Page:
The Obama campaign is trying to hang so-called “vulture” capitalism around Mitt Romney’s neck, but as two excellent opinion pieces explain, it’s the administration’s crony capitalism that’s the really disturbing story.
The first piece, written by the Wall Street Journal’s Kim Strassel, explains the difference:
Like Mr. Romney, Mr. Obama has presided over bankruptcies, layoffs, lost pensions, run-ups in debt. Yet unlike Mr. Romney, Mr. Obama’s C-suite required billions in taxpayer dollars and subsidies, as well as mandates, regulations, union payoffs and moral hazard.
Strassel singles out the Solyndra debacle and the administration’s bailout of the unions General Motors. She notes that the alternative to profit-driven free enterprise, which the president is critical of, “is an Obama capitalism that is driven by political favoritism, government subsidies, mandates, and billions in taxpayer underwriting.”
In the second piece, Washington Post columnist Marc Thiessen says that “if Romney’s record in private equity is fair game, then so is Obama’s record in public equity—and that record is not pretty.” Thiessen lists numerous examples of companies that the administration gambled on with taxpayer money and lost. But what’s really disturbing is the administration’s cronyism:
Amazingly, Obama has declared that all the projects received funding “based solely on their merits.” But as Hoover Institution scholar Peter Schweizer reported in his book, “Throw Them All Out,” fully 71 percent of the Obama Energy Department’s grants and loans went to “individuals who were bundlers, members of Obama’s National Finance Committee, or large donors to the Democratic Party.” Collectively, these Obama cronies raised $457,834 for his campaign, and they were in turn approved for grants or loans of nearly $11.35 billion. Obama said this week it’s not the president’s job “to make a lot of money for investors.” Well, he sure seems to have made a lot of (taxpayer) money for investors in his political machine.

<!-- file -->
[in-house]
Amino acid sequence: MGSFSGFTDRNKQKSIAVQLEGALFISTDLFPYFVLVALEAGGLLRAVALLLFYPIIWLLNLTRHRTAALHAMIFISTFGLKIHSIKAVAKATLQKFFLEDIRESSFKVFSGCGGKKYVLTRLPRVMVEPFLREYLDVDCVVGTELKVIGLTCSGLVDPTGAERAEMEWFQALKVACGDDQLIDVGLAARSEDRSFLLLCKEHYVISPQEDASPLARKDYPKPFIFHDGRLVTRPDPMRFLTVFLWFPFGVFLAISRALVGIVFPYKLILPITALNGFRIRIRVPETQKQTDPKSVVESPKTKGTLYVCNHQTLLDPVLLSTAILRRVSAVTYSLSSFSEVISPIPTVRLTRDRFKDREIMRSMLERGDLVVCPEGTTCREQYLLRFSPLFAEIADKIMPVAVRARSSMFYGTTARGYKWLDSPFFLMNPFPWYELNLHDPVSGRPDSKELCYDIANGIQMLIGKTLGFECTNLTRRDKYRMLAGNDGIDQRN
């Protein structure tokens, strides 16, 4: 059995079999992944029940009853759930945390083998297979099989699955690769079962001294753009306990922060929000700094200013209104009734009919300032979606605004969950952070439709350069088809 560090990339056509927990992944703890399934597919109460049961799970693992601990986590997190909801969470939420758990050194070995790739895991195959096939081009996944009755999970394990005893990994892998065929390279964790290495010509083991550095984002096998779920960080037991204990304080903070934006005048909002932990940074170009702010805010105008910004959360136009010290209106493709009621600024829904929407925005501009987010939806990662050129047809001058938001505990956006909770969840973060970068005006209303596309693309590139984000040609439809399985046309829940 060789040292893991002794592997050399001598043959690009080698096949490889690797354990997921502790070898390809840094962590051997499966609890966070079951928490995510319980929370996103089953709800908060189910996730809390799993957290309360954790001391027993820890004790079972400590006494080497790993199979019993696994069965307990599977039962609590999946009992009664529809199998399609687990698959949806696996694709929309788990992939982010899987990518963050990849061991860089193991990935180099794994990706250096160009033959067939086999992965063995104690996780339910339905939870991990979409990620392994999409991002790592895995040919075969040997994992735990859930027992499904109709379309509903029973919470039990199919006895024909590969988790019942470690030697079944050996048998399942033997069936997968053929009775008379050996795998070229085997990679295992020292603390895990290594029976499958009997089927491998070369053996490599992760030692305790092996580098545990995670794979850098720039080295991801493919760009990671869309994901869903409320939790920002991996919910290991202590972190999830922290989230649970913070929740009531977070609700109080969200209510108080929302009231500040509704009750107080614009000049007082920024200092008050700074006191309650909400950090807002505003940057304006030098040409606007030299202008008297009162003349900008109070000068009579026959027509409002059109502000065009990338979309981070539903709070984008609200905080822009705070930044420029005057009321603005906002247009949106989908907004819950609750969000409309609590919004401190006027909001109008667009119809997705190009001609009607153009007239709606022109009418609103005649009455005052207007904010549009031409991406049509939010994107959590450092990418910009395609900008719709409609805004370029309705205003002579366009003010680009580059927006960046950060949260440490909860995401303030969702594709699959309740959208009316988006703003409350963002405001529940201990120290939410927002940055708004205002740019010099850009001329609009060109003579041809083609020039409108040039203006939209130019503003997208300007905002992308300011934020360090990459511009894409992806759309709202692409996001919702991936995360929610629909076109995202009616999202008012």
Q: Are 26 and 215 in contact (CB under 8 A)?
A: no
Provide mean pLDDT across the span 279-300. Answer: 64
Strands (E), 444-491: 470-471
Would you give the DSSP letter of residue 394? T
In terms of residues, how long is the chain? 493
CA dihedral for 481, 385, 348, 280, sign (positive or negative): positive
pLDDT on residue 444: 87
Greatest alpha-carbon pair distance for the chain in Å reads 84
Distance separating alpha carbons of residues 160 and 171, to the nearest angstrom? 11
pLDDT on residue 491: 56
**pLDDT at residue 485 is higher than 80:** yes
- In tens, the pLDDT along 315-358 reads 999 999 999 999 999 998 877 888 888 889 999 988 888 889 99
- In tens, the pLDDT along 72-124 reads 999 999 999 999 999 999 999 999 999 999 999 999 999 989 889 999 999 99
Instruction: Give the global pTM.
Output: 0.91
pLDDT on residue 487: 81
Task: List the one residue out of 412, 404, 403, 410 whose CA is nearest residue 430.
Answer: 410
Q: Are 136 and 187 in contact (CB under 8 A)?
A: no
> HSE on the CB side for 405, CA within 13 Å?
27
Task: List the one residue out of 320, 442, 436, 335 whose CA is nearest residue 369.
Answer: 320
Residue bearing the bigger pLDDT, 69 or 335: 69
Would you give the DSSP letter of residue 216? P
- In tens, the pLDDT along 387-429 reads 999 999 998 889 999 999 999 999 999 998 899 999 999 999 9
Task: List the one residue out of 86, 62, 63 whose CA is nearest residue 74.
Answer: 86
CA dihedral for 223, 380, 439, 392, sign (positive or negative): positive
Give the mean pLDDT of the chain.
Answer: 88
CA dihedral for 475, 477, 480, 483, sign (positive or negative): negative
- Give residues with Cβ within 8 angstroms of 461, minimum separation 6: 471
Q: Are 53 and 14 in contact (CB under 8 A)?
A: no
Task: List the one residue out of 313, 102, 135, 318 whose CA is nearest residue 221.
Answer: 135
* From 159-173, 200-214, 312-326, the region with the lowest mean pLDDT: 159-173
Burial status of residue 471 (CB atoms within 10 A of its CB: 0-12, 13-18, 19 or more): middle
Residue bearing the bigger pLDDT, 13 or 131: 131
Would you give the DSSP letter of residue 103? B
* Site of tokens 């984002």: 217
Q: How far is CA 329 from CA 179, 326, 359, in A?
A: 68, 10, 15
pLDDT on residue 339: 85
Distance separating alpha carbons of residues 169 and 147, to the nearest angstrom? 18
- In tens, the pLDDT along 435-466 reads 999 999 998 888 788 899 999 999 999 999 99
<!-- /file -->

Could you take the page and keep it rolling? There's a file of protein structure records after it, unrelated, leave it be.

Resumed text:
Lest any readers think that I’m shilling for Mitt Romney, I have provided comments to journalists that were critical of Romney’s Bain Capital for seeking government subsidies (for an example, see here). And if Romney has a specific plan to eliminate the Department of Energy’s subsidy programs, I’m not aware of it. That points to a more fundamental problem: so long as the federal government can stick its nose into the marketplace, cronyism is inevitable. Indeed, cronyism has been a persistent problem under both Democratic and Republican presidencies. For example, a Cato essay on scandals at the Department of Housing & Urban Development details the rampant cronyism at HUD during the Reagan administration:
Using congressional testimony, HUD documents, and interviews, the New York Times compiled a lengthy list of those benefiting from their political connections to HUD in the 1980s. Some earned substantial consulting fees for persuading [HUD Secretary Samuel] Pierce and his top aides to approve federal subsidies, while others used their connections to secure HUD subsidies for their own projects…
In 1990, a report adopted unanimously by the House Government Operations Committee concluded, “At best, Secretary Pierce was less than honest and misled the subcommittee about his involvement in abuses and favoritism in HUD funding decisions. At worst, Secretary Pierce knowingly lied and committed perjury during his testimony.” An independent counsel investigation into HUD activities under Pierce’s watch was instituted in 1990 and wrapped up in 1996. Pierce himself was not indicted based on his agreement to admit that “he created an atmosphere at HUD that allowed influence-peddling to go on.” In all, the independent counsel investigation into HUD corruption on Pierce’s watch yielded 17 convictions, including convictions of three former HUD assistant secretaries.
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